Medical Studies like the UKPDS have shown that over time, conventional therapy vs intensive therapy with insulin and sulfonylureas (a class of drugs that increase insulin secretion in the pancreas) found that no significant difference was found in macrovascular disease (disease of the major blood vessels in the body such aorta, coronary arteries etc). In the study it was found that after 15 years of following over 3000 patients, A1c increased over time.⑤ That seems to imply that even with treatment, BG control dwindles. The tighter control also had more incidence of hypoglycemia, which is a problem in and of itself. Maybe they should have implemented some exercise routines in with that tight BG control and they would have had some better outcomes.

Exercise is nature’s answer to DM, along with good diet. I do not…..I repeat, I DO FREAKING NOT recommend fad diets. Waste of time and money. Eat whole foods and nutrient dense foods such as vegetables, lean meats, and good sources of fat such as butter and coconut oil. If you’re trying to lose weight, try eating less than you burn. Yes there is some merit to the whole “calories in vs calories out”. I will probably address this concept in a later post.

Another note about exercise; it has to be done to keep the benefit. When you stop, the benefit goes away. It annoys me when people tell me what they could do and now can do nothing. I fell into that trap myself with weight lifting and aerobic health. What I could do just 3 short years ago I can’t do now. I’m back on the road to get my fitness back to where it was. (don’t get me wrong, I’m no slouch and have no problem tossing my wife around when we dance and I can still grapple my 16 year old nephew and make him tap out), but I’m not where I should be and I think that is part of the impetus of writing this post.

If somebody is beginning exercise to increase their health, please do so with supervision of a doctor or trainer who can help prevent injuries and create a diet that works for you. One size doesn’t fit all with diet and exercise and what works well for one, doesn’t always work well for another.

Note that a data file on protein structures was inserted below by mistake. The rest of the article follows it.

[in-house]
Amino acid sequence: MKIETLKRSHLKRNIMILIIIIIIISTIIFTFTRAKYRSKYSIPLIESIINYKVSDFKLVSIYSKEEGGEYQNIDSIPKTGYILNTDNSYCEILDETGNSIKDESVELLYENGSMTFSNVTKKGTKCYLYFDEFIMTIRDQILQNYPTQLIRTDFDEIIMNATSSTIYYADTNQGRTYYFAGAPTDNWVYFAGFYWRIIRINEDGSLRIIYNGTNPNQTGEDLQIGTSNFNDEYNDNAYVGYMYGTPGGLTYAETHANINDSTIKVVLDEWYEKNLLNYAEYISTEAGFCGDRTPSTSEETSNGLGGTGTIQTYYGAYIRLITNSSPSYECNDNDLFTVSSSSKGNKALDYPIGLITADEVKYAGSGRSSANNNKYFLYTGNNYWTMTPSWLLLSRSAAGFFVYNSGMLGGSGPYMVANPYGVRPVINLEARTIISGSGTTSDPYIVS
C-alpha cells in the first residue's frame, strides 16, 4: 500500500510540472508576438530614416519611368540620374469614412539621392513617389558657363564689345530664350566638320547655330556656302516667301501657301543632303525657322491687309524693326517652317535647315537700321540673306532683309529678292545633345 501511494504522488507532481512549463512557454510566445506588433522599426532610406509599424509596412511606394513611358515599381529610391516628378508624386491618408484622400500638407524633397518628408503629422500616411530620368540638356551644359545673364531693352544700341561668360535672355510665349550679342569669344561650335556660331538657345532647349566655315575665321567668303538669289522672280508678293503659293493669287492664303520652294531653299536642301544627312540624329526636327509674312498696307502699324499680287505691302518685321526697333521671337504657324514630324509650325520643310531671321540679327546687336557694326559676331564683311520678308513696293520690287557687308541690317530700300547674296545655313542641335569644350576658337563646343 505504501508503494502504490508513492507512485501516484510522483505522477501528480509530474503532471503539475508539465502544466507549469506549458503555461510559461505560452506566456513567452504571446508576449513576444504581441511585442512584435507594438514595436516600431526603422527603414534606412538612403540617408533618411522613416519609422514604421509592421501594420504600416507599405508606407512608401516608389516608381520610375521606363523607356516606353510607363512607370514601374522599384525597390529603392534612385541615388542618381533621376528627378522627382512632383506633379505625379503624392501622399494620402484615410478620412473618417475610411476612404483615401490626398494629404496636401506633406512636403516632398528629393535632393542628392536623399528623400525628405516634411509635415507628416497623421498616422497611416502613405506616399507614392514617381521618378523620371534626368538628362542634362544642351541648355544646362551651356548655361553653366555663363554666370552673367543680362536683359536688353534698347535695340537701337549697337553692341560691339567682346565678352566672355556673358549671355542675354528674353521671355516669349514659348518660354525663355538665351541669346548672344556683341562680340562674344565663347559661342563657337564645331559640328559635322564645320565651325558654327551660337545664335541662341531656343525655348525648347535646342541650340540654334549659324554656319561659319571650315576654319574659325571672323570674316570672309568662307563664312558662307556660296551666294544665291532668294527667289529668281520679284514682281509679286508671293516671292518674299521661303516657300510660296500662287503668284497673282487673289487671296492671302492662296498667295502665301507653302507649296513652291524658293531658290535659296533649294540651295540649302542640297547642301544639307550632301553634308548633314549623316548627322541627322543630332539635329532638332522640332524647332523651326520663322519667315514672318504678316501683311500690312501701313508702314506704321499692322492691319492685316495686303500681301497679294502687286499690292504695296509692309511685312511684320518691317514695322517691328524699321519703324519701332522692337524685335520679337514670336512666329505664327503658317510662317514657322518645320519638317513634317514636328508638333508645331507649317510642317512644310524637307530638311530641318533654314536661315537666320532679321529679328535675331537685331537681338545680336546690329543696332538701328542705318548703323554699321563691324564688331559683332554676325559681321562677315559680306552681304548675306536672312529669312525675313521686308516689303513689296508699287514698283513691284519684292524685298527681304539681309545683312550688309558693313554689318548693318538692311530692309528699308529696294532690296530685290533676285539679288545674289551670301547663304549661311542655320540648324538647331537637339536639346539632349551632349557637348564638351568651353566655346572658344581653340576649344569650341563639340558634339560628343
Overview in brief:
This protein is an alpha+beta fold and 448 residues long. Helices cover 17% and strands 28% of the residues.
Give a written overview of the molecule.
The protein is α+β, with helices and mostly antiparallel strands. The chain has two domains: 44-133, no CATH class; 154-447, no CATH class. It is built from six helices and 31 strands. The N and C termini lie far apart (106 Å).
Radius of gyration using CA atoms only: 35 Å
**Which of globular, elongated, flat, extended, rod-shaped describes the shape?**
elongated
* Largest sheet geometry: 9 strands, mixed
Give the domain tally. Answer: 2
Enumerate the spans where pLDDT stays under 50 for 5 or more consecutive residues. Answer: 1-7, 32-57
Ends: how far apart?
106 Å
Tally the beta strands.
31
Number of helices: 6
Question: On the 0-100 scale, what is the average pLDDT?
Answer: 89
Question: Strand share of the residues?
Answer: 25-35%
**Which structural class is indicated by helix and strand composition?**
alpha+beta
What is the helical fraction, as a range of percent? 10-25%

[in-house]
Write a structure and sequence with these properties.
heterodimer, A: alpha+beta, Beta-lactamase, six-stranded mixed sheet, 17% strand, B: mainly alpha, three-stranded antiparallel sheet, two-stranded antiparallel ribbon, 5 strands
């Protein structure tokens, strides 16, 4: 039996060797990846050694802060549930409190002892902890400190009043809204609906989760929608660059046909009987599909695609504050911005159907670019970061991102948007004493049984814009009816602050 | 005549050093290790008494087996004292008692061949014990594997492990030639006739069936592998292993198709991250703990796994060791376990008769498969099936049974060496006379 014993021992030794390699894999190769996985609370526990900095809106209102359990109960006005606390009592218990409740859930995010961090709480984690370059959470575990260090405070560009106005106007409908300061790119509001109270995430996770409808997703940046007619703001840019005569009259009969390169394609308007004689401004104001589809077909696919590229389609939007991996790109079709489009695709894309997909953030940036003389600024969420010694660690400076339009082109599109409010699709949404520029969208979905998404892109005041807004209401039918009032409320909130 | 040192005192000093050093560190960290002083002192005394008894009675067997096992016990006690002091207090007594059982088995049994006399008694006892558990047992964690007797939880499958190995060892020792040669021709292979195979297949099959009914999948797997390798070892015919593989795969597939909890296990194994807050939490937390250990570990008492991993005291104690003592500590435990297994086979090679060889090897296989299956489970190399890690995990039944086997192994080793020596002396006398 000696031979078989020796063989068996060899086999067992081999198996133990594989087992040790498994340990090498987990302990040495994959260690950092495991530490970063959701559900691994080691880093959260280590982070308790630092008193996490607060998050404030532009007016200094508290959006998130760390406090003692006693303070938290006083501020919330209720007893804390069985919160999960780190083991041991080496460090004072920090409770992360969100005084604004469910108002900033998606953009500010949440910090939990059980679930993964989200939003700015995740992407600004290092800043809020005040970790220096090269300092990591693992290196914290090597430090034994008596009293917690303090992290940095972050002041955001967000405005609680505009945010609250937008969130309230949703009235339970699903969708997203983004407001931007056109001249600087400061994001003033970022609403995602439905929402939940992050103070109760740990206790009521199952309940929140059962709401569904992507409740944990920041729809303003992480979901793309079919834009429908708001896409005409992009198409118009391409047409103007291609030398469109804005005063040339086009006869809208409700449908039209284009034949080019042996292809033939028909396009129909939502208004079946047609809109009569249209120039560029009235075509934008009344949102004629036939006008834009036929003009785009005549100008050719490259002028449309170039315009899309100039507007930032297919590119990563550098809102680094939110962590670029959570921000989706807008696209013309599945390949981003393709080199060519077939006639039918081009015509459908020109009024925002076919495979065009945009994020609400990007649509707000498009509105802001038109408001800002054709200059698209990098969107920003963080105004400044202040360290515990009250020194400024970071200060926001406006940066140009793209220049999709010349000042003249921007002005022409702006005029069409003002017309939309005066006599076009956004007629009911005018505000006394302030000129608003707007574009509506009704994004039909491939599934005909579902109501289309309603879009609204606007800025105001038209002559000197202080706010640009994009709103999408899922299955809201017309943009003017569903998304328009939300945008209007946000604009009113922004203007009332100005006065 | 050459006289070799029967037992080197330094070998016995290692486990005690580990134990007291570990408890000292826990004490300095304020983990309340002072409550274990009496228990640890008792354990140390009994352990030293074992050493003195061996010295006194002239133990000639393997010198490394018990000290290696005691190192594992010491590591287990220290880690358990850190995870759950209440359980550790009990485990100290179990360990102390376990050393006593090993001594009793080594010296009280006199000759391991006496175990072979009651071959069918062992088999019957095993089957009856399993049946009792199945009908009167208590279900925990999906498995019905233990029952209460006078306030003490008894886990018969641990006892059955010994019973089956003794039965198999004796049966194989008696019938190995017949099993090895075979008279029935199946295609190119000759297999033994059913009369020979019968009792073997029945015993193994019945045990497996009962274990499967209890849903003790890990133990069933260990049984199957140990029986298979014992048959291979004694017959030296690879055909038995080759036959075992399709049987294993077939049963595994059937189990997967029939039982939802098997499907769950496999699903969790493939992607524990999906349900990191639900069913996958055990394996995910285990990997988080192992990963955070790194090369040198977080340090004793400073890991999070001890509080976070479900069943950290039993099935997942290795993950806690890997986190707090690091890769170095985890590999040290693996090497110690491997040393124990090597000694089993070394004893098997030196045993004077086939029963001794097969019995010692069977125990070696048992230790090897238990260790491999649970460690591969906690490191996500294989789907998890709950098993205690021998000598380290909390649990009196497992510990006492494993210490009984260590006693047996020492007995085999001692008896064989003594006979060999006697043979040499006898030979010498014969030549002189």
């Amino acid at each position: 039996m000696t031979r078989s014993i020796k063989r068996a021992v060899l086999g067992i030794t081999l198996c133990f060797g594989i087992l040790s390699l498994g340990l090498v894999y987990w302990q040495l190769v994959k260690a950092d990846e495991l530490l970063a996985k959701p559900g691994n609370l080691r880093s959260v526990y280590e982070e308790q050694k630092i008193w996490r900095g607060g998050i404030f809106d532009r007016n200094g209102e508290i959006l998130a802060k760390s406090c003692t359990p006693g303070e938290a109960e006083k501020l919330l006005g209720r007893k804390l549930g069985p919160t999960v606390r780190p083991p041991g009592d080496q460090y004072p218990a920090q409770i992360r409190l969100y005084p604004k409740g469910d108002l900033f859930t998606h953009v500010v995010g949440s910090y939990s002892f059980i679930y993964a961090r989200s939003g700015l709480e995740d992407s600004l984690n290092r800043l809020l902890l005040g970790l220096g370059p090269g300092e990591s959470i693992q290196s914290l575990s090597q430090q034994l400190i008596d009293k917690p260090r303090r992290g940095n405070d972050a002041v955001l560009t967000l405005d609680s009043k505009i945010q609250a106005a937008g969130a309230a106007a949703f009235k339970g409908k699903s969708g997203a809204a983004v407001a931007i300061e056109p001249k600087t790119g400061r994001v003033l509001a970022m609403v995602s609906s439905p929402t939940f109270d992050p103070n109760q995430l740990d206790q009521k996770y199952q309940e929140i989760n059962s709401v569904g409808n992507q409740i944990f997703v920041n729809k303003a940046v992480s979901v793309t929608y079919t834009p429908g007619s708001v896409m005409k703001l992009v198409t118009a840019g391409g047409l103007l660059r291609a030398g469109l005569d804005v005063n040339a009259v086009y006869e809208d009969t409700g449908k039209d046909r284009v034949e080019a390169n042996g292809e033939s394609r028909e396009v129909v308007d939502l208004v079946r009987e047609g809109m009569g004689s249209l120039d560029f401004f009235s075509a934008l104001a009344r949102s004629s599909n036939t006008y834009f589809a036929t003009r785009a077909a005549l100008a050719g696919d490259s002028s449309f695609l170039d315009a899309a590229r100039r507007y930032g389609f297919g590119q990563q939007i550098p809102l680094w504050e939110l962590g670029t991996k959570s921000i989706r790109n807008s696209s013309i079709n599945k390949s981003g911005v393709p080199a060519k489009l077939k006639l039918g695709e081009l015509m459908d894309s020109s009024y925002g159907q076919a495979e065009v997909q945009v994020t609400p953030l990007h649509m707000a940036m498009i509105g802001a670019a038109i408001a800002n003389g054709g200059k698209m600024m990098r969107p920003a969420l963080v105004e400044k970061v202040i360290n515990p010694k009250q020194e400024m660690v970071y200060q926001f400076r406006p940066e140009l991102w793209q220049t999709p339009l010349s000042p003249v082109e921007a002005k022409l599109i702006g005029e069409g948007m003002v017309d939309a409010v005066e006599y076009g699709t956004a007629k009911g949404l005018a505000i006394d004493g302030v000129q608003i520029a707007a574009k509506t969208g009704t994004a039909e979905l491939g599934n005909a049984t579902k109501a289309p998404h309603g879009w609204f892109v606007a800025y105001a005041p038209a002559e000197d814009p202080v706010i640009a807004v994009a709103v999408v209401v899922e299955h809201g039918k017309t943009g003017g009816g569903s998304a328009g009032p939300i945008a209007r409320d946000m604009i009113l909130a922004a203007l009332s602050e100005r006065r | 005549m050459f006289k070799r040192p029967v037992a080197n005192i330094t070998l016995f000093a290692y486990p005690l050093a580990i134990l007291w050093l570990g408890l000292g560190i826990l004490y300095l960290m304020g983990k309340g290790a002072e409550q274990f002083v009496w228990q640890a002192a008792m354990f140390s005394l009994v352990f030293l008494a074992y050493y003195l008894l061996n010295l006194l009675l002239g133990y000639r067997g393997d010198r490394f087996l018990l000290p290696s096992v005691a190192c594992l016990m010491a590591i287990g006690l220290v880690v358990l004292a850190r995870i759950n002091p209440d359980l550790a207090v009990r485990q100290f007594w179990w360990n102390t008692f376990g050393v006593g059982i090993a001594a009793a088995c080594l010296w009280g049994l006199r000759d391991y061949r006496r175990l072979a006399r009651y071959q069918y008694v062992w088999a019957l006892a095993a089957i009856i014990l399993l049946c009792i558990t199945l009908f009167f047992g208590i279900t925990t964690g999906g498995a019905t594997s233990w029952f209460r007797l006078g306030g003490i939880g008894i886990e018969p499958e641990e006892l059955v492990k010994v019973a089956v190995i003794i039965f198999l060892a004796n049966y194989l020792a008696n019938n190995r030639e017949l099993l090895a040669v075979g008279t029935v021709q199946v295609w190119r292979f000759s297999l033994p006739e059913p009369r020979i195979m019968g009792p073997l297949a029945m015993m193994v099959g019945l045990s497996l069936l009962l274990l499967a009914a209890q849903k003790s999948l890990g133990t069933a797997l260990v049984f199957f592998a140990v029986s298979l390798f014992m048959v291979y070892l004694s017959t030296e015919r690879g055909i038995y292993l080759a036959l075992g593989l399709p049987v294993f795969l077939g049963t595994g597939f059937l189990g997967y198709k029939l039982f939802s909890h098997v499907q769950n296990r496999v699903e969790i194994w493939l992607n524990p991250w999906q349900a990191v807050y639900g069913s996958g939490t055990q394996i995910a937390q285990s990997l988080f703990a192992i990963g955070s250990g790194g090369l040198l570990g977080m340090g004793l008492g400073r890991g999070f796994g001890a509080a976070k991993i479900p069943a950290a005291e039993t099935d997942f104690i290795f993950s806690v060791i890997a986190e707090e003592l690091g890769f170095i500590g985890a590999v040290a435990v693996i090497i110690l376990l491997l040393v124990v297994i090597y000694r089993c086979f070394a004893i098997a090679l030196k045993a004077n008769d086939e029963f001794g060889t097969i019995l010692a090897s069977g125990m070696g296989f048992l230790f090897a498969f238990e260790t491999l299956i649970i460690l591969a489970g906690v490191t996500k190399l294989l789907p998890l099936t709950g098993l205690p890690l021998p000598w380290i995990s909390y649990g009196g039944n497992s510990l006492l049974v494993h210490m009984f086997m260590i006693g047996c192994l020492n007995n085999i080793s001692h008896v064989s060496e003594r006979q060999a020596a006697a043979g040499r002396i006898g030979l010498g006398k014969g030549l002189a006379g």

CIAO

The Brute

  1. http://diabetes.niddk.nih.gov/DM/PUBS/statistics/#fast   Retrieved  11/6/11
  2. http://www.aacc.org/publications/cln/2007/Oct/Pages/newsbrief_1007.aspx  Retrieved 11/6/11
  3. Dunstan DW, Daly RM, Owen N, Jolley D, de Courten M, Shaw J, Zimett P: High-intensity resistance training improves glycemic control in older persons with type 2 diabetes. Diabetes Care 25:1729–1735, 2002
  4. Lee IM, Skerrett PJ. Physical activity and all-cause mortality; what is the dose-response relation. Medicine and Science in Sports and Exercise, 2001; 33 (6 Suppl): S459-71
  5. UKPDS Group. (1991) UK Prospective Diabetes Study VIII: Study design, progress and performance. Diabetologia 34, 877–890

Disclaimer: All info on this website is for education purposes only. Any dietary or lifestyle changes that readers want to make should be done with the guidance of a competent medical practitioner. The author assumes no responsibility nor liability  for the use or dissemination of this information. Anyone who chooses to apply this information for their own personal use does so at their own risk.

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2 thoughts on “Exercise and Diabetes

    • Sorry about the spelling errors. All I can say is that I was a science major and English classes and literature were not my specialty. I will try better in the future. I have tried to fix some of the more obvious ones.